Frankly, since the idea came from Rama 9, I'm surprised they let the discussion get so disrespectful here on TVF.  I'm not defending the concept because of its originator.  The concept is used all over the world.

 

 

 

Even if what you say is correct, the increase, in flow rate down stream, would means and increase in downstream flooding, also, the barges themselves act as a minor barrier, increasing the upstream level... the whole effect is insignificant, the only thing it increases is air pollution. Another thing, just look at the flow from the pumps, I can piss more that the flow.

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7 minutes ago, Aussie999 said:

Even if what you say is correct, the increase, in flow rate down stream, would means and increase in downstream flooding, also, the barges themselves act as a minor barrier, increasing the upstream level... the whole effect is insignificant, the only thing it increases is air pollution. Another thing, just look at the flow from the pumps, I can piss more that the flow.

 

The fact that you claim you can pee over 20 horsepower pretty much shoots your argument's credibility in the ass, doesn't it?

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44 minutes ago, Aussie999 said:

Even if what you say is correct, the increase, in flow rate down stream, would means and increase in downstream flooding, also, the barges themselves act as a minor barrier, increasing the upstream level... the whole effect is insignificant, the only thing it increases is air pollution. Another thing, just look at the flow from the pumps, I can piss more that the flow.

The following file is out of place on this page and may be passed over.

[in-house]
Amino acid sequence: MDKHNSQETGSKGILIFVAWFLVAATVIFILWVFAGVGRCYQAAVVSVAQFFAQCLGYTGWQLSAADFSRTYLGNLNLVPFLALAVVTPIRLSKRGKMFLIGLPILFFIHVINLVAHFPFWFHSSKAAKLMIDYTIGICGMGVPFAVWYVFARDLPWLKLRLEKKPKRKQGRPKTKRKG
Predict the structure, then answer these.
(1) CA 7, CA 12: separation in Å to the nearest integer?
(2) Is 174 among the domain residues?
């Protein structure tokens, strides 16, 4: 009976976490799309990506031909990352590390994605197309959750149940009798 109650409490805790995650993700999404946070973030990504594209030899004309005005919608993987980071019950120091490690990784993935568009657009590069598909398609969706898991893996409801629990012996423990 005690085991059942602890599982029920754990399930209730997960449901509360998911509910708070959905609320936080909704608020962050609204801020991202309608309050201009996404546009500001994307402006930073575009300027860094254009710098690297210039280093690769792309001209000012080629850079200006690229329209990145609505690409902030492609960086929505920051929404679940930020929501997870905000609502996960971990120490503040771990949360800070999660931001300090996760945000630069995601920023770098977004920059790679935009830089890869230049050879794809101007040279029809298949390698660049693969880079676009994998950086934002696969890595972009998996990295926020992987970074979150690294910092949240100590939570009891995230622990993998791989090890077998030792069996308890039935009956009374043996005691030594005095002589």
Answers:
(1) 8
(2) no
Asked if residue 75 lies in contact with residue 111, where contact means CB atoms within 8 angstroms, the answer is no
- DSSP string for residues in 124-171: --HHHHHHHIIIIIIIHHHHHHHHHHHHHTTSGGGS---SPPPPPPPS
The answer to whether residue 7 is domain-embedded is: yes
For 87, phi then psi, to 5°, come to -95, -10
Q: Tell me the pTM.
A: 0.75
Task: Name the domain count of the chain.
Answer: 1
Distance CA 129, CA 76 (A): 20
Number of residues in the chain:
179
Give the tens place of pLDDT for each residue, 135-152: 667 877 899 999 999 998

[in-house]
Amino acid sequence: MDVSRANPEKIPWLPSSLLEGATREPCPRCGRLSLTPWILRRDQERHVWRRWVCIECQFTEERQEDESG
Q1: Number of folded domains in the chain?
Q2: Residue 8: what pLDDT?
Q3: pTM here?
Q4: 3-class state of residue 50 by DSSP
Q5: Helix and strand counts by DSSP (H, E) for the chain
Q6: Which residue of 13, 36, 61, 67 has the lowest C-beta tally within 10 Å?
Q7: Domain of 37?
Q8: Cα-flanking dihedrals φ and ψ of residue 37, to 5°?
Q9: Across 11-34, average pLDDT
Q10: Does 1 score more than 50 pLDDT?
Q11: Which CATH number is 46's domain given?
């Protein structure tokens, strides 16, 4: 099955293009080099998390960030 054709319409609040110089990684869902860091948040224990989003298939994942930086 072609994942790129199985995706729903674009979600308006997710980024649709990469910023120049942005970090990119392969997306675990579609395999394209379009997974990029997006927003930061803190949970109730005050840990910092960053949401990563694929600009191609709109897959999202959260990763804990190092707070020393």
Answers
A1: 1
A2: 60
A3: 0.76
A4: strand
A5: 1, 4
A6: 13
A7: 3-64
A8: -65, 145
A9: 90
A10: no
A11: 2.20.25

You're right that the devil's in the details.  We'd need a lot of information to predict the performance, like HP installed, flow rate, amount of excess water, etc.  Or, a little information to see if they're actually working- like before and after river velocities.

 

Here's one example you'll like.  I was at Pilot 111 fishing a couple of years back when they turned on their aerator paddles.  They're tiny little fractional HP motors, so I was surprised at how they got the water moving.  It took an hour or so, but the entire pond had a circular flow at around 2 or 3 km/hr.  The water was flowing in a circular motion, not inside an enclosed pipe.  Friction losses and eddy current probably reduced the effectiveness, but the net effect was an increase in the mass flow rate within the pond.

 

If a fractional HP, low efficiency paddle pump can get the water moving, it only stands to reason that a few thousand HP and better efficiency impellers can make a difference in a larger system like a flooded river.

 

Whether it's a significant difference or not depend on the numbers.  How much HP vs how much water.   The increase in flow rate isn't negated by the boats blocking the flow, the eddy currents, the nature of an open stream as opposed to a closed pipe, friction losses (which are significant in a small pipe, but negligible in a huge river) or a dozen other factors that people are calling out.   

 

It's an engineering issue.  And, contrary to what a lot of people claim, I've worked with a lot of very competent Thai engineers.

 

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1 hour ago, robblok said:

I get that, but to get any kind of result don't you need a lot more kinetic energy in the water than what we have seen so far. That small line of boats is not going to accomplish much on a huge river. I am not saying the concept is flawed... just saying that the current effort is not enough to really make a difference.